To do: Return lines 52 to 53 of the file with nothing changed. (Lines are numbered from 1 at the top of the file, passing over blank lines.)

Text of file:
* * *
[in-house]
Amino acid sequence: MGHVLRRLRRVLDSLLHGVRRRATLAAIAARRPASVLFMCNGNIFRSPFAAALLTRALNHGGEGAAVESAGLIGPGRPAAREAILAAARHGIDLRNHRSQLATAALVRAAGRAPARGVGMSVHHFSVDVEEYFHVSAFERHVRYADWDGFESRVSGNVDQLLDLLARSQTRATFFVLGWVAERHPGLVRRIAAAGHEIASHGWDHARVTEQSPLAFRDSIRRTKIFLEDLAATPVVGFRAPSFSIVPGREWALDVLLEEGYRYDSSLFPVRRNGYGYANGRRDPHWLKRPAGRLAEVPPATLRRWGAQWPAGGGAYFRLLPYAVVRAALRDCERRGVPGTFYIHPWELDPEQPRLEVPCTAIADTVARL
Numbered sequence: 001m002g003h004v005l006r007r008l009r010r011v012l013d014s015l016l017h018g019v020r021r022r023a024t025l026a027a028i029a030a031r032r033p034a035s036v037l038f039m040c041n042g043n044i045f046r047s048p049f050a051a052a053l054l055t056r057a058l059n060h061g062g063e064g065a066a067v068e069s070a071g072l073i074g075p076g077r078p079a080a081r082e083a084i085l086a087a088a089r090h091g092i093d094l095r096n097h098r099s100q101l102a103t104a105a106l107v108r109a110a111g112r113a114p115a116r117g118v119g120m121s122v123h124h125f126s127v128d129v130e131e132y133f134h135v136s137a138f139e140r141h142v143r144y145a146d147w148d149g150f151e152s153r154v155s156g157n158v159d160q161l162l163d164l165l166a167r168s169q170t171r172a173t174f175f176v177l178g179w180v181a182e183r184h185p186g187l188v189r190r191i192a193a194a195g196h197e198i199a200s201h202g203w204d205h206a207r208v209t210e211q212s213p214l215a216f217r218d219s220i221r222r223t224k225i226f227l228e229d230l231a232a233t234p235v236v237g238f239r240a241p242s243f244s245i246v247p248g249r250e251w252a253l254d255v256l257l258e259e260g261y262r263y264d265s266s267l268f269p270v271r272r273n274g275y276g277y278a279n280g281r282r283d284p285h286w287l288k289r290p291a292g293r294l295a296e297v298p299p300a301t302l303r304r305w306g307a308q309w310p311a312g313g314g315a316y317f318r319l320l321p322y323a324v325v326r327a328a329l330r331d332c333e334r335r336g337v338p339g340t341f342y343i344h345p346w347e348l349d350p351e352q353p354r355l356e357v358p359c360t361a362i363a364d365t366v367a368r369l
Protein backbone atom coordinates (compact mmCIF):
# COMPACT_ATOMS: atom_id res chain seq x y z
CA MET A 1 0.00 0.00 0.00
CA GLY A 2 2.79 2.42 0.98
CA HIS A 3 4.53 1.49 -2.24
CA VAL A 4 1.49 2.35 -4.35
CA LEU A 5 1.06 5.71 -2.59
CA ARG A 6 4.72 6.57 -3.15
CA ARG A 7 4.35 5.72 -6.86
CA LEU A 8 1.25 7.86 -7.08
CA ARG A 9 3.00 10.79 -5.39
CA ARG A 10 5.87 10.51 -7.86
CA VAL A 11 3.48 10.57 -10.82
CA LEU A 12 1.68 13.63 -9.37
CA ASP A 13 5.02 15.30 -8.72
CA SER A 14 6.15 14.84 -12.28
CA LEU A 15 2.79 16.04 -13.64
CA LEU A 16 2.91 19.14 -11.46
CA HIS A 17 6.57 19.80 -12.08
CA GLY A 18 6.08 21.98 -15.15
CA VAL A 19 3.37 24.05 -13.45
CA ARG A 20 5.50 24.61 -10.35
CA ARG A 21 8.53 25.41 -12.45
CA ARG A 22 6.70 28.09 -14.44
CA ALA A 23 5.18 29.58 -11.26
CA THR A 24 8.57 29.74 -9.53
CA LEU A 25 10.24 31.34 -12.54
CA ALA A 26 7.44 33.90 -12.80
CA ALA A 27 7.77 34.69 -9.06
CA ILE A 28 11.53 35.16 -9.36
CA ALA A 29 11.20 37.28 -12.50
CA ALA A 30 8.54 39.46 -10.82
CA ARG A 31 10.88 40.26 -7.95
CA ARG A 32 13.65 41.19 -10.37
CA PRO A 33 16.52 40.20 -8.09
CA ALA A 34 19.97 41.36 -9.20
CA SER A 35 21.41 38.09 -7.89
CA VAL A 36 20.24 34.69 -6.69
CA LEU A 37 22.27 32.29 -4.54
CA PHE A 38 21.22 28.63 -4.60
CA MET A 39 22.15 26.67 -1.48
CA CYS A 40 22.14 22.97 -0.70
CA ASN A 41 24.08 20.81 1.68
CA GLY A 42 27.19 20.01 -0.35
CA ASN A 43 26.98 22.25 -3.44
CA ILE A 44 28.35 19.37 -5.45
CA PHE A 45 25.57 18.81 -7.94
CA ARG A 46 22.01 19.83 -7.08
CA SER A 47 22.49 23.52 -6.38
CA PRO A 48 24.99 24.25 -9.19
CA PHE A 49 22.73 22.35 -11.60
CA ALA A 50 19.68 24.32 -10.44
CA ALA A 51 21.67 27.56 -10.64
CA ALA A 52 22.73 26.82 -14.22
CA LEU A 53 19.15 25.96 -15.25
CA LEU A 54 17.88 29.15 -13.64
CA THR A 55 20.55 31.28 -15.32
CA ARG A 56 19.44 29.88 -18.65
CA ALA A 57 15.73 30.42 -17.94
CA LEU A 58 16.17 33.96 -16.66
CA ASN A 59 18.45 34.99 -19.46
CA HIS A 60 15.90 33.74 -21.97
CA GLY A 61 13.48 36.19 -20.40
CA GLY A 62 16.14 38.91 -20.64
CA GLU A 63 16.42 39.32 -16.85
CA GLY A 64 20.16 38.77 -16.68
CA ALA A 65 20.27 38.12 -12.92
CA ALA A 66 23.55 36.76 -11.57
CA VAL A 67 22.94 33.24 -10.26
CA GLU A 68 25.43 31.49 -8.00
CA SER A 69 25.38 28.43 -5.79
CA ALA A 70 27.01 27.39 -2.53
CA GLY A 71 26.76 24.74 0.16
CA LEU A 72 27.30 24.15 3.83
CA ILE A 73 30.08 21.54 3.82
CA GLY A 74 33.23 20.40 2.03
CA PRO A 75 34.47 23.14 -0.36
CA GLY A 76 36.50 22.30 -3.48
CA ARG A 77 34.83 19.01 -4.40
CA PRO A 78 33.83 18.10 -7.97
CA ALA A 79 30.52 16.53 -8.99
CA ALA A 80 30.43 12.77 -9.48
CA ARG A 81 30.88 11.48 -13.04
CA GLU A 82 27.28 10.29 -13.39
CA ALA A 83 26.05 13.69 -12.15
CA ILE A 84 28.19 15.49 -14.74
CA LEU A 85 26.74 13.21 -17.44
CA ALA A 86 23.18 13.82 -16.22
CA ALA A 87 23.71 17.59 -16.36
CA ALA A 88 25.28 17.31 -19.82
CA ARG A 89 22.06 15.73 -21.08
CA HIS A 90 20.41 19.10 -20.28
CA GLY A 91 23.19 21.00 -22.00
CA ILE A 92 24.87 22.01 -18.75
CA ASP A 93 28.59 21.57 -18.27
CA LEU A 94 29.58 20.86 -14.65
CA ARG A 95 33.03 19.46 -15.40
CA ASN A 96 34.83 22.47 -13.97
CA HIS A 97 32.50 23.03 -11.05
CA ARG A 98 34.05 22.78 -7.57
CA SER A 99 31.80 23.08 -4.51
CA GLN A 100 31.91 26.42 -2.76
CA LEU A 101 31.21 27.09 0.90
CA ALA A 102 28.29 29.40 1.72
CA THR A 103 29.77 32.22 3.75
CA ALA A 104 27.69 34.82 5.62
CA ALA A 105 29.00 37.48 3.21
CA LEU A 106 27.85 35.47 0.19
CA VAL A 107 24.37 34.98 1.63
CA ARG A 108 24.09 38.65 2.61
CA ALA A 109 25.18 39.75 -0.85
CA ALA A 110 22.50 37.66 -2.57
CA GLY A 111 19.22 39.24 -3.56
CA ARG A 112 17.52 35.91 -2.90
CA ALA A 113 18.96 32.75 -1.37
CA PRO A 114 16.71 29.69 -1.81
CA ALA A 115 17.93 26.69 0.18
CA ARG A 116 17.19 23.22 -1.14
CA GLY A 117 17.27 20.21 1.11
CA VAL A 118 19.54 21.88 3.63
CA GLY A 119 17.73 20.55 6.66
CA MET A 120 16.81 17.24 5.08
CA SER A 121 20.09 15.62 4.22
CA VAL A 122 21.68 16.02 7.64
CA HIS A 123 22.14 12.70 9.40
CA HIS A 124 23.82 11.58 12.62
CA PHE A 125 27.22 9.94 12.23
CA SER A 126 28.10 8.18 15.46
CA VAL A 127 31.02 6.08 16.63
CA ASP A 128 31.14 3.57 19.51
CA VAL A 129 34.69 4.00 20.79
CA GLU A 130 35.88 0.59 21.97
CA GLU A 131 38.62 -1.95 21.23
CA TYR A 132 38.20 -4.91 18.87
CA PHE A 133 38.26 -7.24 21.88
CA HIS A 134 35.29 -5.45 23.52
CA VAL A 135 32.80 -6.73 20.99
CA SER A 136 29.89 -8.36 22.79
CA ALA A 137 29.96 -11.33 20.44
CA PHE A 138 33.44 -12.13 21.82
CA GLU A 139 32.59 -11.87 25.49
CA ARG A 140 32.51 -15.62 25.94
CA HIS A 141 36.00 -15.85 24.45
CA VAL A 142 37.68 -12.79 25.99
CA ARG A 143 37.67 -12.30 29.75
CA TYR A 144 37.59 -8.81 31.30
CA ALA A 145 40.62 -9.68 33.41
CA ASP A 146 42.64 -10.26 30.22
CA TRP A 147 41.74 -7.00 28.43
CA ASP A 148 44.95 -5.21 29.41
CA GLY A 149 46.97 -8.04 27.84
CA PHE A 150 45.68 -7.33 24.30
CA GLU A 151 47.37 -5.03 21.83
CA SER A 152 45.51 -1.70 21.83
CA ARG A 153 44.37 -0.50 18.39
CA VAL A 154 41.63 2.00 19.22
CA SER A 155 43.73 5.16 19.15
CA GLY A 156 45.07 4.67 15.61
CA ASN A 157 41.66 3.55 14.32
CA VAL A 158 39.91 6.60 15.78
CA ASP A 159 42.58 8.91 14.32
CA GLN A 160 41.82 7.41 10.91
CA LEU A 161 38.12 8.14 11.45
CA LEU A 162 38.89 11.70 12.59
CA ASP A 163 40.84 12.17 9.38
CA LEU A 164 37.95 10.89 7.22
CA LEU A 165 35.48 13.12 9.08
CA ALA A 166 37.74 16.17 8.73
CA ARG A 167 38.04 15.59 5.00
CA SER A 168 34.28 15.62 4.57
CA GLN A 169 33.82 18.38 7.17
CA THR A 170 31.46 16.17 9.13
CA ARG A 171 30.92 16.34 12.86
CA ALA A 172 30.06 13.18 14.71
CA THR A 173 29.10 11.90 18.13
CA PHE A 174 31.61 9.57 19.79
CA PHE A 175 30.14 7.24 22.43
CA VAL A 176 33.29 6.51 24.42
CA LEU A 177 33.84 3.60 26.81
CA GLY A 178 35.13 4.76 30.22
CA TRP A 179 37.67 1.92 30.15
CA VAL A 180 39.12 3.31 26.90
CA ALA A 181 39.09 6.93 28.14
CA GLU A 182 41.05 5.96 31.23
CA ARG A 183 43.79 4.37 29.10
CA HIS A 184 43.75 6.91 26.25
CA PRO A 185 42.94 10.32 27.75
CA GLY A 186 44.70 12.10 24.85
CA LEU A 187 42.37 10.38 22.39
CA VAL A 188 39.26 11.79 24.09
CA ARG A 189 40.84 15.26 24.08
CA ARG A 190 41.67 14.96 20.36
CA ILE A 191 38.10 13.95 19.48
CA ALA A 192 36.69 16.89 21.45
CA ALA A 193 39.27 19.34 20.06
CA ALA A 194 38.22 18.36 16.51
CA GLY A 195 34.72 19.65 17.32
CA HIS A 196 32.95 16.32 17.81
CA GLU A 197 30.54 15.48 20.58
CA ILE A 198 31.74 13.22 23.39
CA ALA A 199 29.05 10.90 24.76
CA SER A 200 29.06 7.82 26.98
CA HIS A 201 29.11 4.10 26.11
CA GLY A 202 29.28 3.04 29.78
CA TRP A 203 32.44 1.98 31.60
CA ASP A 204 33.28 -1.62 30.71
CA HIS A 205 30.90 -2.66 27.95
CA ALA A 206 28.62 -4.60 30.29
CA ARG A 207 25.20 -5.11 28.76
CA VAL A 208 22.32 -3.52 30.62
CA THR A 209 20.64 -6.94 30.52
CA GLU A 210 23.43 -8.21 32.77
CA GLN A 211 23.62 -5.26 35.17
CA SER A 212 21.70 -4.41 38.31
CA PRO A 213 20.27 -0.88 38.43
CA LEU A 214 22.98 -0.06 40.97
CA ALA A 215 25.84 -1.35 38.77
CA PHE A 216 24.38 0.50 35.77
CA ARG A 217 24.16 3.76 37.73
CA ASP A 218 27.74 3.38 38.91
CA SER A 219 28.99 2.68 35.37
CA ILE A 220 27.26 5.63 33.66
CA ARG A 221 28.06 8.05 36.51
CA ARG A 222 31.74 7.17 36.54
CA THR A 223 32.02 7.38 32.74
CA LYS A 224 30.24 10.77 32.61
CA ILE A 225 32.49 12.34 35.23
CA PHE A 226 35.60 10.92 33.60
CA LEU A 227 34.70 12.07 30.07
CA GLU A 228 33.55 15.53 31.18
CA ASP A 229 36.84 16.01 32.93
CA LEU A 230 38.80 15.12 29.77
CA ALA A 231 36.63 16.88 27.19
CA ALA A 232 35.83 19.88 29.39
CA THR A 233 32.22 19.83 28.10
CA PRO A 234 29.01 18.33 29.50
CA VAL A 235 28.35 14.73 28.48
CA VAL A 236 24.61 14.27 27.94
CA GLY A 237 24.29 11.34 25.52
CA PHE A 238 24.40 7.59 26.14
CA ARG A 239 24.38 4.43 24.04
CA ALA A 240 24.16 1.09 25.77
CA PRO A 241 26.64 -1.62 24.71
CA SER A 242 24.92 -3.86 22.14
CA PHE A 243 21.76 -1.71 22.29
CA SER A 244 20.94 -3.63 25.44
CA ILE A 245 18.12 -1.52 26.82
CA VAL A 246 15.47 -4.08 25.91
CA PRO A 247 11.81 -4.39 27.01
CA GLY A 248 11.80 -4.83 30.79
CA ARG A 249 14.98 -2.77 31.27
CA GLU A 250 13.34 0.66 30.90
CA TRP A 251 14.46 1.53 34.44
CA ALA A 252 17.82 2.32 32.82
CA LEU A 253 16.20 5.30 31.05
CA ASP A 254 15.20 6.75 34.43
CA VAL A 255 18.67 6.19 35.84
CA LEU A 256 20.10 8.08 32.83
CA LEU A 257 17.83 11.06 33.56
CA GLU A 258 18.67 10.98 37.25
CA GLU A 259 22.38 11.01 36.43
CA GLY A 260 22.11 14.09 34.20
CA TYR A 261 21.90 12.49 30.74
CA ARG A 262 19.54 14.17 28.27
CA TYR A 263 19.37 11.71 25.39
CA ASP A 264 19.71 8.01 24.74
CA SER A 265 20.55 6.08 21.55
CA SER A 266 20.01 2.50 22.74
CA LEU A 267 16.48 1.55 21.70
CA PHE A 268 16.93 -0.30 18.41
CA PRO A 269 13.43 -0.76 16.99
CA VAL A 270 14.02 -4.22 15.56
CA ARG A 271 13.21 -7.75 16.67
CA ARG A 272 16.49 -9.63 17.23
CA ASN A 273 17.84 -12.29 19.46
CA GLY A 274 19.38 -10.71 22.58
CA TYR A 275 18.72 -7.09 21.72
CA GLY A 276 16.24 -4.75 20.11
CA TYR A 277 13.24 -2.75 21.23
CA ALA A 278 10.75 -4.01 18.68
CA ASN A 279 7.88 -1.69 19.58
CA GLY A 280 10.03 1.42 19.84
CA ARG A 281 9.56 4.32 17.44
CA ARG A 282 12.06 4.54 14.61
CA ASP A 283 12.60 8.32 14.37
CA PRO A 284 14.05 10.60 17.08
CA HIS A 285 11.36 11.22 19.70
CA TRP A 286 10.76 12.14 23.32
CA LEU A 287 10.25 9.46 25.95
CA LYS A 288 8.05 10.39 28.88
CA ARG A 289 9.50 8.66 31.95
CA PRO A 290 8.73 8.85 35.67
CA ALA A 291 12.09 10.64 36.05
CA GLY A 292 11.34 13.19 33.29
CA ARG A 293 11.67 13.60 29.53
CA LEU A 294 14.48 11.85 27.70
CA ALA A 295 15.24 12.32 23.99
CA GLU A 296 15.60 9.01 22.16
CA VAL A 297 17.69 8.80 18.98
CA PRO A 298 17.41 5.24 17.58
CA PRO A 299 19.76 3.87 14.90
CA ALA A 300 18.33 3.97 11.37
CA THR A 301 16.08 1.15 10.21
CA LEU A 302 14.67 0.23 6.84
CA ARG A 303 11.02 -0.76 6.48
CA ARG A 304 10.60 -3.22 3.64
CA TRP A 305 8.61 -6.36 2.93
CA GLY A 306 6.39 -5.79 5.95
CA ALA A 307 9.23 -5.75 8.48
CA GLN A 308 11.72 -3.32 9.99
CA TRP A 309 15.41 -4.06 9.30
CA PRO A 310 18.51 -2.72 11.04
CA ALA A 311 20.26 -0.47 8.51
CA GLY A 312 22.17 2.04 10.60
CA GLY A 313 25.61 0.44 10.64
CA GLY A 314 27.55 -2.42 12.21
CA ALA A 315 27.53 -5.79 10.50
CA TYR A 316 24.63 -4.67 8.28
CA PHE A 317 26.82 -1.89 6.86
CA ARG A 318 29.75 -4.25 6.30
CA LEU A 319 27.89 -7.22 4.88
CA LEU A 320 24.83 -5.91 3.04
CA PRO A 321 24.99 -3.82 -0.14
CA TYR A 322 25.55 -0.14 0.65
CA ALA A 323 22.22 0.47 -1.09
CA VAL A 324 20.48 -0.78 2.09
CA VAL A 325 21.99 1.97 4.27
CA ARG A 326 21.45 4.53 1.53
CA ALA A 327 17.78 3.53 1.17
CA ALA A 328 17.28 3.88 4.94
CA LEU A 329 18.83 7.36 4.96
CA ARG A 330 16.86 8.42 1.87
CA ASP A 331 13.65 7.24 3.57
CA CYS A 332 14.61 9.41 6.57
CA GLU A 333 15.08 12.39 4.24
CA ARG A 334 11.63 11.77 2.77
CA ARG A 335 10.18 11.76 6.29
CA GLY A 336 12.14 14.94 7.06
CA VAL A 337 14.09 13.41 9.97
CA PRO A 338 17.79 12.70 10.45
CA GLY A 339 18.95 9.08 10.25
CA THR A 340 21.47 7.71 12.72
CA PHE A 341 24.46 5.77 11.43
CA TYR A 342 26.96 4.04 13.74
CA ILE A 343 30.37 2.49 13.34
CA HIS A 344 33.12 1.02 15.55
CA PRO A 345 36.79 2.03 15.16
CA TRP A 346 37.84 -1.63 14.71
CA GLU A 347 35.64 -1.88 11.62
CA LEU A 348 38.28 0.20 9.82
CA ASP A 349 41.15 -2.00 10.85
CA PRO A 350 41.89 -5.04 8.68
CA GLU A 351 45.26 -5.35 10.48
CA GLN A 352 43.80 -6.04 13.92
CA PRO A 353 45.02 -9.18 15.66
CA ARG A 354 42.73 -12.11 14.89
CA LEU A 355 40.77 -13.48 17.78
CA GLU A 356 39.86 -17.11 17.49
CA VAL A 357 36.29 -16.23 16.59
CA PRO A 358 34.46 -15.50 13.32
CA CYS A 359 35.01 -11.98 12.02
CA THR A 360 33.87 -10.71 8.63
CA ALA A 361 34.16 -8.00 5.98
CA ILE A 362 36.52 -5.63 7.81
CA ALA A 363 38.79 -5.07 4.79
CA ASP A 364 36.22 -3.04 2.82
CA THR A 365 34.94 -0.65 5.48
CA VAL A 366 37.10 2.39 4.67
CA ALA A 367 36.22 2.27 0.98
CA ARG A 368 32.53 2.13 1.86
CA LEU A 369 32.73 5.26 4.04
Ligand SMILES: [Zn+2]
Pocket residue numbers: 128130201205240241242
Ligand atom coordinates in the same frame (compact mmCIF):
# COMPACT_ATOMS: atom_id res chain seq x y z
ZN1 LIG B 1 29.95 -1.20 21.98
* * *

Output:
CA SER A 47 22.49 23.52 -6.38
CA PRO A 48 24.99 24.25 -9.19